I discussed on Friday that Thursday’s action qualified as a follow through day (FTD) under Investors Business Daily’s classic definition in which a higher volume rise of 1% or more in one of the major indices is required. Apparently IBD didn’t count it since it didn’t quite meet their new 1.7% rise definition. I’m not a big fan of the new rule and believe the 1% requirement is more useful that the new 1.7%. For details on why I feel this way you may refer to this old blog post on the subject:
I thought it might be interesting to examine a few new ideas with regards to FTD’s today. Before I do that I’ll first point you to the post where I defined the rules of the tests. I basically followed all of the rules as IBD laid them out. Two rules that IBD has never clearly defined are what entails “success” or “failure”. I defined “failure” to be a close below the intraday low of the bottom prior to the FTD. I defined “success” as a move either 1) twice a large as the distance from the low of the potential bottom to the close of the FTD, or 2) a new 52-week high. More detailed explanations of the rules may be found using the link below:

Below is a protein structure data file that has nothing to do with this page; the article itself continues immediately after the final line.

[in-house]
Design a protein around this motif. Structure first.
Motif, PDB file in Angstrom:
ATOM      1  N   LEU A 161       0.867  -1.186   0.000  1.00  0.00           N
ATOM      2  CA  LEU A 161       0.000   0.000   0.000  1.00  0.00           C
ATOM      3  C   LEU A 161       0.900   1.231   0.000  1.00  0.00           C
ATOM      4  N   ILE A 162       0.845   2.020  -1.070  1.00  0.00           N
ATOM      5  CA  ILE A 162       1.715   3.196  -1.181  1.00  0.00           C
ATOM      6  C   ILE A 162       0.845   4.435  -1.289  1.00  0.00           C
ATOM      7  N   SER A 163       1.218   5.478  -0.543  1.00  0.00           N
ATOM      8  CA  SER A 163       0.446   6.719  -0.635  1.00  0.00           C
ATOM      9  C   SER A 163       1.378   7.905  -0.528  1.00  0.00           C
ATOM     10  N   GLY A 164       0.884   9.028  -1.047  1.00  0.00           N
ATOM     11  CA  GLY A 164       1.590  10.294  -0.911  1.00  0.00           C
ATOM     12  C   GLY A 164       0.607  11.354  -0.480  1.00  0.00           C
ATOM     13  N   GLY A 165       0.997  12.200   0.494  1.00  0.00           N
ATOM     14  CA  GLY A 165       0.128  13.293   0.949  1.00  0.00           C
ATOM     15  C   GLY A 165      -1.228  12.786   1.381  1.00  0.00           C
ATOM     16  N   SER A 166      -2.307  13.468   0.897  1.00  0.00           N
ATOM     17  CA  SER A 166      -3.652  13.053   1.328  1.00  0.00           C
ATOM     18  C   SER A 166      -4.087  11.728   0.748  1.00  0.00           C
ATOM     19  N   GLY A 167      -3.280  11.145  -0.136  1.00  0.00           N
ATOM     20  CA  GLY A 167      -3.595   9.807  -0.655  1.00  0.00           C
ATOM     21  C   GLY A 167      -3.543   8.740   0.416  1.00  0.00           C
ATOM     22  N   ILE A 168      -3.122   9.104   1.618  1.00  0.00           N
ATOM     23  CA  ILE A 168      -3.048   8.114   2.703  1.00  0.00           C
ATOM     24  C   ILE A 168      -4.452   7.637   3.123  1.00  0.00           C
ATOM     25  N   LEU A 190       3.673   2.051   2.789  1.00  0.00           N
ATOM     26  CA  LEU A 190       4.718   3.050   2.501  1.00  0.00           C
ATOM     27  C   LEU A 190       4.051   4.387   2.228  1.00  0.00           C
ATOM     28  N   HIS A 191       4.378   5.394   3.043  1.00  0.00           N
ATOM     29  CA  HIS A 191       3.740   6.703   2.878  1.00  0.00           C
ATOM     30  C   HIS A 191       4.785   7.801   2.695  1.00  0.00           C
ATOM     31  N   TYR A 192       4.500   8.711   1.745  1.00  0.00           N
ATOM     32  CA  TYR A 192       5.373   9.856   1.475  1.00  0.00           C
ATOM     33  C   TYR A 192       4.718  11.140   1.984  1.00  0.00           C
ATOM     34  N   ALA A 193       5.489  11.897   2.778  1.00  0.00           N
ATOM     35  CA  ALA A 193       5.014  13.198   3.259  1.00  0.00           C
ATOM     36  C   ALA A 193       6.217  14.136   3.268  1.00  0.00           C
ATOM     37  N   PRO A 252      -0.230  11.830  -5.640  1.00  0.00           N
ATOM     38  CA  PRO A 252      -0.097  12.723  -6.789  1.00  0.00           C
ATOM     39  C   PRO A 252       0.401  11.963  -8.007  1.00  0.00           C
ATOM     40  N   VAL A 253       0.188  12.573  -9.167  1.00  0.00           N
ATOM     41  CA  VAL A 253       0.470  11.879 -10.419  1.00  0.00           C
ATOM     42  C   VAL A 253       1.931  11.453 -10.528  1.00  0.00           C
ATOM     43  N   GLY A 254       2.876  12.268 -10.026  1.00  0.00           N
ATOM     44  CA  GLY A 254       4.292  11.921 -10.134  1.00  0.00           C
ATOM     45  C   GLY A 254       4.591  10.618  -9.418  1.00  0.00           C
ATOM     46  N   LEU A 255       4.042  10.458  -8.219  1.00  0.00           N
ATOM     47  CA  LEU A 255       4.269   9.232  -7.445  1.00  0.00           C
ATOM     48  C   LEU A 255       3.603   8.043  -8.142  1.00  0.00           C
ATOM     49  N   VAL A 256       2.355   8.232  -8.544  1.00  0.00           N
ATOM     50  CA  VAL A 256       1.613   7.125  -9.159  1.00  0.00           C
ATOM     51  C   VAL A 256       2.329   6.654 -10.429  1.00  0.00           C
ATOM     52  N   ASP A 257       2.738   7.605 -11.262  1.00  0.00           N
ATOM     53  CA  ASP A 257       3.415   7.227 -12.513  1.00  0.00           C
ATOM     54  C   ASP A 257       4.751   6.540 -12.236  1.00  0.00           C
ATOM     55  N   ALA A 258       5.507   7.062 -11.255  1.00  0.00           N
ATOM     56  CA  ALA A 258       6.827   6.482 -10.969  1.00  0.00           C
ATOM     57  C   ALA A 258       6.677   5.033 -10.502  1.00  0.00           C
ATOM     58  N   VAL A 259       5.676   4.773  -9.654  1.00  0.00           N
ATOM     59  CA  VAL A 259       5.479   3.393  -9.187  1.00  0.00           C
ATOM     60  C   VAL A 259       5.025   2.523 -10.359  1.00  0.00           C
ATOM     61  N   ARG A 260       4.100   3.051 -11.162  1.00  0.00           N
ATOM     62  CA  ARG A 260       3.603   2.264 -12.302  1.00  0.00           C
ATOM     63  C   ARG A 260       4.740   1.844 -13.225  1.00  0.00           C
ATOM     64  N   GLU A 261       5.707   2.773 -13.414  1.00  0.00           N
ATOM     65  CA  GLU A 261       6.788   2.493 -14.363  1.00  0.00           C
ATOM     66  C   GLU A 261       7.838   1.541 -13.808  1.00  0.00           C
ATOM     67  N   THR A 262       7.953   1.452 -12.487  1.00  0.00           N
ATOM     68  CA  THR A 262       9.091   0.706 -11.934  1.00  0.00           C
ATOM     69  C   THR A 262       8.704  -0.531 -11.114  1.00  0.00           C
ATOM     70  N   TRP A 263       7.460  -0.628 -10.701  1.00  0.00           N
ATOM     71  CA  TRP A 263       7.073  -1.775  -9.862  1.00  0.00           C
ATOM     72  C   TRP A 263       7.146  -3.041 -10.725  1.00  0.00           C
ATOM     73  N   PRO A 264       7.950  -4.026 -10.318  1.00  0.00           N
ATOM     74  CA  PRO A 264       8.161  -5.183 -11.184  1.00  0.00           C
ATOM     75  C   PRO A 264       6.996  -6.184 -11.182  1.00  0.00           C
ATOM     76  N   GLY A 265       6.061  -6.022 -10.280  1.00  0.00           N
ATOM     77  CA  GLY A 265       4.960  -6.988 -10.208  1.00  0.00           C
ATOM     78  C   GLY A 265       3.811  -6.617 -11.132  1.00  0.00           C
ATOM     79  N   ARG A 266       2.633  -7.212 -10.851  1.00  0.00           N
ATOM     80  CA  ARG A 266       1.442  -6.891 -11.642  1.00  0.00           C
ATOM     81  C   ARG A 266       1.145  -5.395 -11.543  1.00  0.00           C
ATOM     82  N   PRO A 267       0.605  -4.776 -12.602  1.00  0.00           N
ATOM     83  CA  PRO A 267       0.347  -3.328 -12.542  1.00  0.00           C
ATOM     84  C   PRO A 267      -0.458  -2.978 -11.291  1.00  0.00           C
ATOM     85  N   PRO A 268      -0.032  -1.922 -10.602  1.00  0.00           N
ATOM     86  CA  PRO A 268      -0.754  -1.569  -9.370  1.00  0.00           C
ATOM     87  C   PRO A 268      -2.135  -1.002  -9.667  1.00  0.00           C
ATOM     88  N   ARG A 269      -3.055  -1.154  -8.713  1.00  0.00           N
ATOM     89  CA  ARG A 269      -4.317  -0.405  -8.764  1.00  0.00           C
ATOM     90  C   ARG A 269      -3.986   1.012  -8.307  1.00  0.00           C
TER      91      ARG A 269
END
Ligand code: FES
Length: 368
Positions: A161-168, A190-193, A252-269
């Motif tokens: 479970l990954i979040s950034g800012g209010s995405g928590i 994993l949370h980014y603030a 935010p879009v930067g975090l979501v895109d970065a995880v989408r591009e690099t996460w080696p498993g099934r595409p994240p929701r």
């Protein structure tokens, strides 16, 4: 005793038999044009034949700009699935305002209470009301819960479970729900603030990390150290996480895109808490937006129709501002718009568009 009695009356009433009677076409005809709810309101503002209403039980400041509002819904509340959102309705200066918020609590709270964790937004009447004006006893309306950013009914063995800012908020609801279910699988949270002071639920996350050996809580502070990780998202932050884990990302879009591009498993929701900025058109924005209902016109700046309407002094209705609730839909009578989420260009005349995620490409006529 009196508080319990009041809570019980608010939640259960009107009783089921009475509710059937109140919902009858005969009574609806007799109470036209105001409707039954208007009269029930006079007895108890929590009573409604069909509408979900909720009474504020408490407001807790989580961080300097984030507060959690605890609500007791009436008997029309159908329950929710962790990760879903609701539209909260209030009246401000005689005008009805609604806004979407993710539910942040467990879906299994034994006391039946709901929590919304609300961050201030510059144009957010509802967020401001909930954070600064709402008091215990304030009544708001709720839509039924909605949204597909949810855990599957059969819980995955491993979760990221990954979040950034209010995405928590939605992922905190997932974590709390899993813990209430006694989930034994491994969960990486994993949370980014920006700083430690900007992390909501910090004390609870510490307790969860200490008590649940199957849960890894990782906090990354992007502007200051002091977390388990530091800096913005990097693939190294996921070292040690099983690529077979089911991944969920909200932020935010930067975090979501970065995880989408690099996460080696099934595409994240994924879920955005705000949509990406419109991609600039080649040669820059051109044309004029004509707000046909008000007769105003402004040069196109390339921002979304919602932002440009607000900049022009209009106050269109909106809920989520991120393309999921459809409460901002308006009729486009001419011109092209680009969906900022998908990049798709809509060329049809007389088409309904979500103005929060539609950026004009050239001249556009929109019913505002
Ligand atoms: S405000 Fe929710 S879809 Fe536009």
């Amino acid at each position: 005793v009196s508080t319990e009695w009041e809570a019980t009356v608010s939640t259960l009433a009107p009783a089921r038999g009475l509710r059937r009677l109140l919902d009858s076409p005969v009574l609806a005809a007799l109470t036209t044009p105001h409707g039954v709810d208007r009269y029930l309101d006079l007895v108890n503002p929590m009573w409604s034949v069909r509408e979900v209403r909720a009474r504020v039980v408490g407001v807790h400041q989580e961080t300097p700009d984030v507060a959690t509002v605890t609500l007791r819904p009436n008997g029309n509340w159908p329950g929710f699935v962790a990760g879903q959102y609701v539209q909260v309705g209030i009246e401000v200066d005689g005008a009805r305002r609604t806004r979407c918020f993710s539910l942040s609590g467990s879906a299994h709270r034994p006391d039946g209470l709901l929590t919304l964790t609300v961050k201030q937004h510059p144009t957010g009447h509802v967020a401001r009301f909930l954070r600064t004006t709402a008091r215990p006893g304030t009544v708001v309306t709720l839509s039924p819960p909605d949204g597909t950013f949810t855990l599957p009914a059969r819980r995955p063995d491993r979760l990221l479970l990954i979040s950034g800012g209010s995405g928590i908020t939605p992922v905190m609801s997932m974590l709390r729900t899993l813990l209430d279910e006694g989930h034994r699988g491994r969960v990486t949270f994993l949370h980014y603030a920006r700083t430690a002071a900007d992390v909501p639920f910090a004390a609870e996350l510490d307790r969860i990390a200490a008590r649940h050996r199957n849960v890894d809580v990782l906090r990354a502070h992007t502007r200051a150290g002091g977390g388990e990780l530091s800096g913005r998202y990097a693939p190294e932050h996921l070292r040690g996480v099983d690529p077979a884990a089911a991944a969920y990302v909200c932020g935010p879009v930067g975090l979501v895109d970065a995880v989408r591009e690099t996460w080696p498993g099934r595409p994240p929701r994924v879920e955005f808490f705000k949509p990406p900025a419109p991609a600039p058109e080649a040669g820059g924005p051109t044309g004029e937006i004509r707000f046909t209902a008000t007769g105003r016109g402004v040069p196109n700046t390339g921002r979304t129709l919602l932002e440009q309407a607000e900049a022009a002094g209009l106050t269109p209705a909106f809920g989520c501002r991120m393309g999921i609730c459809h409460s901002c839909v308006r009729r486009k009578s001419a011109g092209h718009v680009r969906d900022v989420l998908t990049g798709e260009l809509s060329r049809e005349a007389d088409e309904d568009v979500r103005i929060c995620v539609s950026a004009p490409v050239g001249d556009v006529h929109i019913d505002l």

Under these rules, and requiring an 8% pullback before looking for a FTD, there have now been 71 FTD’s since 1971. 37 have been “successes” and 34 have been “failures” for a winning % of 52%. One of the findings I published during the 2008 series on FTDs was that FTD’s coming after smaller pullback had a better success rate than FTD’s coming after larger pullbacks. It was this research that led me to ponder whether this FTD may have a better chance of success because the rally attempt is occurring while the SPX is above its 200ma. It would seem to make sense that there might be a better chance of success since the long-term uptrend has not clearly turned down at this point.
What I found when examining the 71 follow through days that now qualify based on the original study was that only 23 closed above the 200ma. Of those 23, 14 turned out to be winners and 9 losers. This 61% success rate is better than the 48% success rate that has occurred below the 200ma with 23 winners and 25 losers. It isn’t overwhelmingly better, though. I’m not sure the distinction is worth making.